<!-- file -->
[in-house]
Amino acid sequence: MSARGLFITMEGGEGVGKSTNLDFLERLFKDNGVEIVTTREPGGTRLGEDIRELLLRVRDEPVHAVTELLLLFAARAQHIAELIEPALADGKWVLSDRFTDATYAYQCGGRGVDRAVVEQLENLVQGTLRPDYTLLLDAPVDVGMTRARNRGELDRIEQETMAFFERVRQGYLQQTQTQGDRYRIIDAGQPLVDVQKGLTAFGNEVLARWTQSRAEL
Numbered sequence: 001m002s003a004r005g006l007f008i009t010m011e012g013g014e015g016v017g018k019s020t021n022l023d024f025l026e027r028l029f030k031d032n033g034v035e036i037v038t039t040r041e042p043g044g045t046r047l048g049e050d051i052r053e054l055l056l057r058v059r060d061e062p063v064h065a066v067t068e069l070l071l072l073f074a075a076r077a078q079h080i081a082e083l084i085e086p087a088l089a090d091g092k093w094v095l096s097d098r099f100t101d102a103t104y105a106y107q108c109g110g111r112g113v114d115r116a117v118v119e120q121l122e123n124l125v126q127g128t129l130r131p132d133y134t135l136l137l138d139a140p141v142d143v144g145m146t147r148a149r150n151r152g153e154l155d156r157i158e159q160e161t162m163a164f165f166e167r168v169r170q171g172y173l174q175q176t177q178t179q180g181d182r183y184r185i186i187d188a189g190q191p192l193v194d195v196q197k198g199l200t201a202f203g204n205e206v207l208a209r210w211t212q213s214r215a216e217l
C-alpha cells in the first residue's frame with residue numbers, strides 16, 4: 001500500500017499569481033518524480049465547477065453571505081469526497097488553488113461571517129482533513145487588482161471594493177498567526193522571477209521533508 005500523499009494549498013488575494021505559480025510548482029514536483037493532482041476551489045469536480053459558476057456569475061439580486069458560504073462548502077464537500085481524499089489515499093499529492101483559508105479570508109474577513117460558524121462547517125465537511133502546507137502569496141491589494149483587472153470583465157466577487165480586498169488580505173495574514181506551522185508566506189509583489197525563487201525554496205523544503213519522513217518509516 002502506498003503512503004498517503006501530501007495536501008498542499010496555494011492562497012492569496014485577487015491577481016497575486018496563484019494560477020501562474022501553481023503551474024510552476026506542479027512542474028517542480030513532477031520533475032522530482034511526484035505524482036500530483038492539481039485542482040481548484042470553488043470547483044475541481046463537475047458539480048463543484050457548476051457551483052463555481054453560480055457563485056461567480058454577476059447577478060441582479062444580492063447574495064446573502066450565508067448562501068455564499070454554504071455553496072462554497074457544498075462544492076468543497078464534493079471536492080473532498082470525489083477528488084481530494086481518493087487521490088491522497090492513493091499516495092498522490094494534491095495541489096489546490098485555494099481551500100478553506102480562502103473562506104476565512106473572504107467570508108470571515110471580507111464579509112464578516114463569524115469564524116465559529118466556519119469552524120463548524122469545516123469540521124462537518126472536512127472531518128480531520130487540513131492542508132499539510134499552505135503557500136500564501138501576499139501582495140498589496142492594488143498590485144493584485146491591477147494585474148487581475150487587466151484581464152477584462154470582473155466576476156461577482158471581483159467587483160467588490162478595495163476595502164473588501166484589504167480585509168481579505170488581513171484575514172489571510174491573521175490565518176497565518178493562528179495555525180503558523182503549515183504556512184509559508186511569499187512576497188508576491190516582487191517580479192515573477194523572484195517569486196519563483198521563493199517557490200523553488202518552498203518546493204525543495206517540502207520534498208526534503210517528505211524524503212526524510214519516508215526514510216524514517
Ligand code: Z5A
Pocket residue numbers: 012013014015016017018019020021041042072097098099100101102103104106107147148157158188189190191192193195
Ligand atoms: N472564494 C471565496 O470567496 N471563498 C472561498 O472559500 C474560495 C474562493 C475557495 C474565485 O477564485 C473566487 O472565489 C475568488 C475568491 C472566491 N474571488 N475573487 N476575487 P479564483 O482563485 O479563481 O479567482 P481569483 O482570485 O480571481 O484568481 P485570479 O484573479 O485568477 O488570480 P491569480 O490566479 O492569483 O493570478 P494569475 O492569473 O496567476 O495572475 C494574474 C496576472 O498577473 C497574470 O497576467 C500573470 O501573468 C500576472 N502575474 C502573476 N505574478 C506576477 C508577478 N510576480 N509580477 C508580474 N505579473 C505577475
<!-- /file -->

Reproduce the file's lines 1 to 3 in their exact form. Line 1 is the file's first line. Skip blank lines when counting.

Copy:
[in-house]
Amino acid sequence: MSARGLFITMEGGEGVGKSTNLDFLERLFKDNGVEIVTTREPGGTRLGEDIRELLLRVRDEPVHAVTELLLLFAARAQHIAELIEPALADGKWVLSDRFTDATYAYQCGGRGVDRAVVEQLENLVQGTLRPDYTLLLDAPVDVGMTRARNRGELDRIEQETMAFFERVRQGYLQQTQTQGDRYRIIDAGQPLVDVQKGLTAFGNEVLARWTQSRAEL
Numbered sequence: 001m002s003a004r005g006l007f008i009t010m011e012g013g014e015g016v017g018k019s020t021n022l023d024f025l026e027r028l029f030k031d032n033g034v035e036i037v038t039t040r041e042p043g044g045t046r047l048g049e050d051i052r053e054l055l056l057r058v059r060d061e062p063v064h065a066v067t068e069l070l071l072l073f074a075a076r077a078q079h080i081a082e083l084i085e086p087a088l089a090d091g092k093w094v095l096s097d098r099f100t101d102a103t104y105a106y107q108c109g110g111r112g113v114d115r116a117v118v119e120q121l122e123n124l125v126q127g128t129l130r131p132d133y134t135l136l137l138d139a140p141v142d143v144g145m146t147r148a149r150n151r152g153e154l155d156r157i158e159q160e161t162m163a164f165f166e167r168v169r170q171g172y173l174q175q176t177q178t179q180g181d182r183y184r185i186i187d188a189g190q191p192l193v194d195v196q197k198g199l200t201a202f203g204n205e206v207l208a209r210w211t212q213s214r215a216e217l